assurance of anonymity; collected data are more uniform and standard; and they are more accurate. In addition, the Likert Scale was used for the part 3 of questionnaire as it is considered as an appropriate and commonly used scale to elicit the extent of agreement with some statements of opinion or attitude (Henning 1987: 23). Brown and Rogers (2002: 120) also point out that ‘Likert scales are generally useful for getting at respondents’ views, judgments, or opinions about almost any aspect of language learning.’ A five point Likert Scale is appropriate for it enables the participating teachers to select a neutral alternative. Alternatively, if they record their opinions within a 4 point scale (which normally consists of: strongly agree/believe, agree/believe, disagree/disbelieve, and strongly disagree/disbelieve) then no neutral alternative is available; they are forced to express a positive or negative opinion. The data produced using the Likert Scale can also be effectively managed with statistical tools to present the general trends of the investigation. The results of the questionnaire were used as a basis for the development of the interview questions for the second investigation of the study. By means of this, certain specific aspects of classroom-basedassessment might be examined further, or certain issues generated by the first investigation might be addressed through the teachers’ explanations. Thus, the questionnaire and the interview are complementary to each other. The detailed explanation of the questionnaire is as follows.
Kirgoz & Agcam, investigated teachers’ perceptions about different types of corrective feedback . Thirty six EFL teachers at 20 different state primary schools in Adana were interview to find out their opinions about corrective feedback and its different types. The study found that teachers believed that students mistakes should be corrected. Half of the participants believed that feedback should be given immediately while 30% thought it should be delayed. Moreover, half of the participants believed that the feedback should be given by the teachers while 33% thought students should correct their own mistakes. On the other hand, some teachers stated that a teacher should give feedback when the student is not able to correct the mistake on his own. 22% teachers thought all types of mistakes should be corrected while others suggested that only mistakes of formation and phonological errors should be corrected. Results indicated that explicit correction, recasts and repetition were the most common form of feedback. Nevertheless, elicitation was the most effective form of feedback in EFL classroom.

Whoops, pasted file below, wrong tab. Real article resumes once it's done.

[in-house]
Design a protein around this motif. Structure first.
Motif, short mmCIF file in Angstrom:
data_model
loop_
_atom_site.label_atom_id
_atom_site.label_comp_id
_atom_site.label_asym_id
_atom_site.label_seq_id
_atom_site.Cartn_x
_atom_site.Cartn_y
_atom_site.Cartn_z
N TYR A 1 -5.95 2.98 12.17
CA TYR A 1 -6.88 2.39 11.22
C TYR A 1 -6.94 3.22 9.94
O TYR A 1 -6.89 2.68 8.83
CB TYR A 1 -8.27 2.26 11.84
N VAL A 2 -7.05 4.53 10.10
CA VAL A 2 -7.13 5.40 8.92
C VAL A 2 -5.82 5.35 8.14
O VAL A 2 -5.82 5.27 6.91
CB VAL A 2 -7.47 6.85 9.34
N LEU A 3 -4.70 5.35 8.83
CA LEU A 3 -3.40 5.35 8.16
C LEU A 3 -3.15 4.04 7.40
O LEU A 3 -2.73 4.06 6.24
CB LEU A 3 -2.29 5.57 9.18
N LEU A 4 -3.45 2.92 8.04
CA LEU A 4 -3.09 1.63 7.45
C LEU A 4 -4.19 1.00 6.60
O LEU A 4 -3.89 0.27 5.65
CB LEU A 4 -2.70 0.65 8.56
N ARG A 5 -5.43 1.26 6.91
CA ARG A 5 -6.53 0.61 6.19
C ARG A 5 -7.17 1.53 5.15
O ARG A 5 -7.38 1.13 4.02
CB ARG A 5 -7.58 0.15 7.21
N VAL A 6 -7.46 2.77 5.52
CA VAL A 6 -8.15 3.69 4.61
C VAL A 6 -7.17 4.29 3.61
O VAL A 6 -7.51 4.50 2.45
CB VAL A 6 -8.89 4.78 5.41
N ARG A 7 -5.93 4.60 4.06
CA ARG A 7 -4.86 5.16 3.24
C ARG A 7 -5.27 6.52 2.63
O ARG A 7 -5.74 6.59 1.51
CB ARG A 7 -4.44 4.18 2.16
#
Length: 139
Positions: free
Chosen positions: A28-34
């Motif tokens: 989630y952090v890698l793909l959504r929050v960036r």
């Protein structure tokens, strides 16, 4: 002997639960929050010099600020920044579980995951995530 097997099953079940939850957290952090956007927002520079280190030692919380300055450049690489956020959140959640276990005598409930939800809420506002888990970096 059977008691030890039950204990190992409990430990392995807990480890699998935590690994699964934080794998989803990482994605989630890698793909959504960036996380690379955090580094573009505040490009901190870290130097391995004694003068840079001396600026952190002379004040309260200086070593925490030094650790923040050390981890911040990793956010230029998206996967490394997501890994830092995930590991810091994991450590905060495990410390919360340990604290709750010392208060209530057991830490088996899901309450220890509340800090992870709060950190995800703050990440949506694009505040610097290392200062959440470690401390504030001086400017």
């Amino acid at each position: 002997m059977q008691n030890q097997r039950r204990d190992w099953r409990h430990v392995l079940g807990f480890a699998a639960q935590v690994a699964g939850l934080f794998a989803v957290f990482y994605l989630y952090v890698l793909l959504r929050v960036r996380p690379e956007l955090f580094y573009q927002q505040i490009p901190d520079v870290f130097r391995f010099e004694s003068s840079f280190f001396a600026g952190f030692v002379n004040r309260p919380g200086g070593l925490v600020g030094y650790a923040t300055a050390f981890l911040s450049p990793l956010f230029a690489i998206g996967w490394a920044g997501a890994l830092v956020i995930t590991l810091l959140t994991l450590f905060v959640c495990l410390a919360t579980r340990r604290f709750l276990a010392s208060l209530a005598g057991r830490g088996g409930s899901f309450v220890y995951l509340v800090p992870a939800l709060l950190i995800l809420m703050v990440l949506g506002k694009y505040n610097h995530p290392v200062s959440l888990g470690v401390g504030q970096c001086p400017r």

CBA is, in part, unique to individual classrooms in the sense that in each classroom the teacher, and the student group is unique and so assessment needs to be unique to that particular teacher and class. This uniqueness does not make a direct comparison between schools‟ and student performance an easy process (Maxwell 2001), but it does require teachers to understand the criteria on which they are making judgements about students‟ performance (Earl, 2012). The claim is that although students may have different tasks to perform, there is a need to have a set of grade or level standards on which to evaluate the students‟ outputs. For example, while students located in different classrooms may read different novels and story books as part of the Fiji English curriculum, all the students across the different classroom and even schools still need to be able to discuss the plot, character development, theme of the text, the writing style of the author, and the vocabulary used in those texts. The moderation across different novels can be achieved when teachers have an understanding of the required Year standards (Fiji Ministry of Education, 2007). The result of each classroomassessment is not intended to standardise the program across schools, but to compare standards and the level of consistency of student performance between students. The criteria for benchmarking students‟ progress on a task needs to be consistent although the task can have variability (Maxwell & Cumming, 2010).